The walls of every business have stories to tell. Some of those stories are just loaded with more history, more chance encounters and more twists and turns than others.
The stories of Hamilton County’s Schoolhouse 7 Café, for example, fall squarely in the “more history” category. Once a one-room schoolhouse, then a residence, its building now is a schoolhouse of a different kind — the kind that’s a coffee shop and drive-thru.
Schoolhouse 7 Café opened at the corner of Cyntheanne Road and Southeastern Parkway in Fishers in August 2019. The café has welcomed thousands of customers to try menu items like the popular dirty chai or the bagel offerings with bacon, egg and gouda, and sausage, egg and cheddar. Visitors sip their coffee while checking out the historic, school-themed décor; indoor and outdoor seating; fireplace; and two-story deck.
But the successful opening of a new business is just the latest of that building’s stories, which go back more than a century.
In 1900, Fall Creek Township in Fishers oversaw the opening of the building as a school for grades 1-8. Schoolhouse 7, as it was called, closed in 1946.
Then the former schoolhouse became a private residence. And that was the story of the brick building on the corner through the years — until the property went on the market in 2017.
And then came a chance encounter that would begin the old schoolhouse’s next story: As the realtor placed a “for sale” sign in front of the house that autumn evening, a couple drove by.
That couple was Curt and Sarah Tappendorf of Fishers.
By the end of that evening, Curt Tapppendorf, a civil engineer for Simon Property Group in Indianapolis, had bought the house. He knew nothing about the property’s history, but he owned other rentals and thought he’d add this home to the mix.
Visiting his new property a few weeks later, Tappendorf took a trip across the street to meet his neighbors at Hamilton Southeastern Intermediate and Junior High School. And that’s when this story took a twist.
Tappendorf spoke with Principal Tim Mankin, who had a folder to share with this new owner of the house on the corner. The folder contained artifacts and written remembrances about that building’s first occupant: Schoolhouse 7.
A Schoolhouse 7 graduate, Dr. George Underwood, had provided the materials to HSE Junior High when its Cyntheanne Road location opened in 2012.
“That was the a-ha moment for me,” Tappendorf says now, sitting in his new café and reminiscing about receiving the materials from Underwood. “I thought, ‘If he took the time to put this together, it must be something special.’”
Change in Plans
Tappendorf called Underwood — who today is 94 years old and lives in West Lafayette — and learned all about the former schoolhouse. And that led Tappendorf to change course, to preserve the history of Schoolhouse 7.
He first decided to rent out the building as a business. Then he abandoned the notion of renting altogether. Instead, he and Sarah would own the school-themed business themselves. It would be a coffee shop.
“And the rest,” he says, “is history. No pun intended.”
But there was one more chance encounter.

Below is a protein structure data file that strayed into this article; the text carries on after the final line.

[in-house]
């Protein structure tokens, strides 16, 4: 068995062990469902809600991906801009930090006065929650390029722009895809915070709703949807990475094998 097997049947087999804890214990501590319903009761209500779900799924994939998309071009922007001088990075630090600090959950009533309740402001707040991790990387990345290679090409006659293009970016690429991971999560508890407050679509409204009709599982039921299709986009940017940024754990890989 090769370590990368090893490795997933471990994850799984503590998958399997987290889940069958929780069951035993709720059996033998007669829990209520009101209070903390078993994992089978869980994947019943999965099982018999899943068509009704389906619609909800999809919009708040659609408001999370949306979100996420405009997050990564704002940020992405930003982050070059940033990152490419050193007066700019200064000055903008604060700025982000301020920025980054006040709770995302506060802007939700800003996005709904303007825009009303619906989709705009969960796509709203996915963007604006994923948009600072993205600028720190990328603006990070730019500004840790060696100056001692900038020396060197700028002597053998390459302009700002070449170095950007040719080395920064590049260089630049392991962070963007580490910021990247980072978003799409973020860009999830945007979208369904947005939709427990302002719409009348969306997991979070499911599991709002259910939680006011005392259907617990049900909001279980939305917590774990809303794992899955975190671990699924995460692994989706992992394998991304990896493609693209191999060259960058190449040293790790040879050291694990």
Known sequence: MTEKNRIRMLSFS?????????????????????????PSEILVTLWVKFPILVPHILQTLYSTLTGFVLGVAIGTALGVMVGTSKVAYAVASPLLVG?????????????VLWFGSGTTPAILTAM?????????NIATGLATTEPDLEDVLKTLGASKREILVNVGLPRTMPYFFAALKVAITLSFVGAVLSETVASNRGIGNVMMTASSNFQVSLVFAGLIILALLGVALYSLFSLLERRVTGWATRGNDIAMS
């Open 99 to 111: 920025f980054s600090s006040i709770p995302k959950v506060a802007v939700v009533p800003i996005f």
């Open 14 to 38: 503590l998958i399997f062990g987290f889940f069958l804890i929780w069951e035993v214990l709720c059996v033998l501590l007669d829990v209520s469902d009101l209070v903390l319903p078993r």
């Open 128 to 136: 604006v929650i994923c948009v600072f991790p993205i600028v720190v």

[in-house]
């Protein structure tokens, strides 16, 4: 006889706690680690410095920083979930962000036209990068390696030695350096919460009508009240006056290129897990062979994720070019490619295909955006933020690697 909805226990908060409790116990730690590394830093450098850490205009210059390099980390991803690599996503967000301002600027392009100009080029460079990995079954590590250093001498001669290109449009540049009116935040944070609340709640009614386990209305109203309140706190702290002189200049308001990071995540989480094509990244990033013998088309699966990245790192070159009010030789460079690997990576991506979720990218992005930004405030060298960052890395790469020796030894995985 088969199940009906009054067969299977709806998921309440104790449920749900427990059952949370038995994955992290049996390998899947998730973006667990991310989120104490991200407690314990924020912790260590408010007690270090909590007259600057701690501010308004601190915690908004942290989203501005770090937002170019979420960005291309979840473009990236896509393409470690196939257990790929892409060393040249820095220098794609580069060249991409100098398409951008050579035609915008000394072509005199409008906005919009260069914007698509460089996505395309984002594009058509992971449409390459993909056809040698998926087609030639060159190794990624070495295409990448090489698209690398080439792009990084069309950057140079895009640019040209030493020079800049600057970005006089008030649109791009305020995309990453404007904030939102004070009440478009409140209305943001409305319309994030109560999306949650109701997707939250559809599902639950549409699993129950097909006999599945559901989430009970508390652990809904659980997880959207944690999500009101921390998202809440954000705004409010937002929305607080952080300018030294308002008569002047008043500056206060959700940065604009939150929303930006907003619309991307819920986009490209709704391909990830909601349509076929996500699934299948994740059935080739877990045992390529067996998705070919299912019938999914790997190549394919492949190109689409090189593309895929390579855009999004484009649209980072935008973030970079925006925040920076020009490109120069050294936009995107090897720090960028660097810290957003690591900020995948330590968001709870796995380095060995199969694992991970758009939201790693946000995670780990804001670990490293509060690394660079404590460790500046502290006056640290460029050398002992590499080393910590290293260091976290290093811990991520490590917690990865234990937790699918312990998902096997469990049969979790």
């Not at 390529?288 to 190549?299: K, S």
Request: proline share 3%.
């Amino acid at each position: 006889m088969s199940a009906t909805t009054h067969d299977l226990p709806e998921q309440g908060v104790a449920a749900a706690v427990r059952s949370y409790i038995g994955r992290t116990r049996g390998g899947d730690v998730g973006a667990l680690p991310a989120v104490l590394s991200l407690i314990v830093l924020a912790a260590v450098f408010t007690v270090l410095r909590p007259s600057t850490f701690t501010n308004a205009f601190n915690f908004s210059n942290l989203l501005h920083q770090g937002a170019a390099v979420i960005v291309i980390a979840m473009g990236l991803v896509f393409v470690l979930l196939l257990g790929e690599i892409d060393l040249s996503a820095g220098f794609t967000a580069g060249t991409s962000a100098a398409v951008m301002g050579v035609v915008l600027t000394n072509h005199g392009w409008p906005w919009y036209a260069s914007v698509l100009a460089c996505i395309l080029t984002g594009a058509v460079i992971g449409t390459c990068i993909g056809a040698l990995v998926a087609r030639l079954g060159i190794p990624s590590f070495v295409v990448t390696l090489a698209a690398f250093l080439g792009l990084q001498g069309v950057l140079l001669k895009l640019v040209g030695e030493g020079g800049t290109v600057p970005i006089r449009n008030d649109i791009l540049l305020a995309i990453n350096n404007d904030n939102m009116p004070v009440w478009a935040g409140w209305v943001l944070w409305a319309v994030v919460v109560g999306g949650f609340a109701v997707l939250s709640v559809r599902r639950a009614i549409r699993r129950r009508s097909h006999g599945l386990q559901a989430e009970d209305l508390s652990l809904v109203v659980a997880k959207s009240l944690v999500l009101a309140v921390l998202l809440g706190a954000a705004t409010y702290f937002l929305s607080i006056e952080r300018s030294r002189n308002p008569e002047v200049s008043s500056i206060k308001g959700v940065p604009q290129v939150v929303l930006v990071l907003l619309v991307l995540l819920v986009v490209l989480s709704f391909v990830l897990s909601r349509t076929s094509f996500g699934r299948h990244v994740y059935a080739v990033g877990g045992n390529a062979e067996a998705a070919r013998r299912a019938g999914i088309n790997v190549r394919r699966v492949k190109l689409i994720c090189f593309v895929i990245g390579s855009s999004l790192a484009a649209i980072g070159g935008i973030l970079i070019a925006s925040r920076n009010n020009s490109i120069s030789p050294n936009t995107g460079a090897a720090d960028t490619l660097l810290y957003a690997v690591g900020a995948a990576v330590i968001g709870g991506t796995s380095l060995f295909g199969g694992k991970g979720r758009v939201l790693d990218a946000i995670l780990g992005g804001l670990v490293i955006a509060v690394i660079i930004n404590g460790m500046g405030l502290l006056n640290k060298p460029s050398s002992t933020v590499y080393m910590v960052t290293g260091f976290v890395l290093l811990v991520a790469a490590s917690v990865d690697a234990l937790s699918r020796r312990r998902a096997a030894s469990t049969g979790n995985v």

Curt Tappendorf was working on the old schoolhouse on St. Patrick’s Day 2019, when a man he’d never met stopped by. Brit Killinger introduced himself and said he loved what he’d heard about the plan for the building.
Soon Killinger and his wife, Julie Killinger, of Fishers, joined the Tappendorfs as Schoolhouse 7 Café’s co-owners.
Underwood, the Schoolhouse 7 graduate, also helped along the way. He provided input to ensure the renovated building stayed true to its history. Visit the café, and you’ll see Underwood’s name on a locker on the wall. There’s a photo of the first Schoolhouse 7 graduating class. A large table contains wood from the building’s original joists, and a coffee bar features parts of the old floorboard.
You’ll find nods to the school theme in more than just café’s name and look. For example, the menu features “core subjects,” “extracurricular” and “cafeteria” items. Drink sizes are freshman, senior and graduate. Food is served on large, cafeteria-like trays.
“With everything,” Tappendorf says, “we’ve got school in mind.”
Additional Historic Eateries
Looking for other Hamilton County businesses — specifically, places to eat and drink — housed in repurposed buildings? Quench your thirst, satisfy your appetite, and take in the history at these businesses:
Rail Restaurant & Bar
Located on Park Street in downtown Westfield, this eatery is in a revamped barn. Rail Restaurant & Bar specializes in local and artisan lunch and dinner, coffee, pastries, wine, beer and cocktails.
Spencer Farm Winery
Enjoy your favorite wine in this farmhouse that’s more than a century old. Spencer Farm Winery is on the grounds of Spencer Farm in Noblesville. Stroll through the vineyard and farm, or savor the food and drink offerings.
Woodys Library Restaurant
Built as a Carnegie Library in 1913, this historic landmark restaurant serves familiar favorites and chef specials in both casual dining and neighborhood pub atmospheres. Woodys Library Restaurant is on Main Street in Carmel.
Order breakfast or lunch made from locally sourced ingredients at Wheelers Café & Market in Mercantile 37 in Atlanta, a little north of Noblesville The building opened in the 1940s as a truck stop and diner. Today it also features showroom/retail space with home décor.
This “northern woods grill” still features the original vaults from the Westfield Bank that once occupied the building. The Westfield location of Wolfies, on Main Street, also offers a restored basement bar.
Copper Still Kitchen & Bar
Another former bank, this restaurant bills itself as a place for burgers, pork, brew, moonshine, sports and music. Copper Still Kitchen & Bar — on the Historic Noblesville Square, boasts a kid-friendly dining room, a bar, and cooked-from-scratch dishes.